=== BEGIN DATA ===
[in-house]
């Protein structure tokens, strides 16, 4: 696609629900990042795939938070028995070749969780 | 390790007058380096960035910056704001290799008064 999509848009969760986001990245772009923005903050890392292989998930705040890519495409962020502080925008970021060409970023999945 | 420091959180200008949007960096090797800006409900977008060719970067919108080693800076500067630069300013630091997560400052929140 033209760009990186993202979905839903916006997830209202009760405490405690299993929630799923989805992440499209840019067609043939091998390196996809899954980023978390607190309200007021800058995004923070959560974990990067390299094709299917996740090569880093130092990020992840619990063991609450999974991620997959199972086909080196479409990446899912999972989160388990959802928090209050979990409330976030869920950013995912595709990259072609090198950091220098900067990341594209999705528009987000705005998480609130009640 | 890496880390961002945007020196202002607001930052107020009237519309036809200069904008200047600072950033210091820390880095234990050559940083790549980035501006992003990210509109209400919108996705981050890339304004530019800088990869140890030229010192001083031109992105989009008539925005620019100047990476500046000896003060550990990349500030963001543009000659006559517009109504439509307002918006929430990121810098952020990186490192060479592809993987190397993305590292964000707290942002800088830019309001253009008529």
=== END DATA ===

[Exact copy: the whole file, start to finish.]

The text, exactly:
[in-house]
């Protein structure tokens, strides 16, 4: 696609629900990042795939938070028995070749969780 | 390790007058380096960035910056704001290799008064 999509848009969760986001990245772009923005903050890392292989998930705040890519495409962020502080925008970021060409970023999945 | 420091959180200008949007960096090797800006409900977008060719970067919108080693800076500067630069300013630091997560400052929140 033209760009990186993202979905839903916006997830209202009760405490405690299993929630799923989805992440499209840019067609043939091998390196996809899954980023978390607190309200007021800058995004923070959560974990990067390299094709299917996740090569880093130092990020992840619990063991609450999974991620997959199972086909080196479409990446899912999972989160388990959802928090209050979990409330976030869920950013995912595709990259072609090198950091220098900067990341594209999705528009987000705005998480609130009640 | 890496880390961002945007020196202002607001930052107020009237519309036809200069904008200047600072950033210091820390880095234990050559940083790549980035501006992003990210509109209400919108996705981050890339304004530019800088990869140890030229010192001083031109992105989009008539925005620019100047990476500046000896003060550990990349500030963001543009000659006559517009109504439509307002918006929430990121810098952020990186490192060479592809993987190397993305590292964000707290942002800088830019309001253009008529």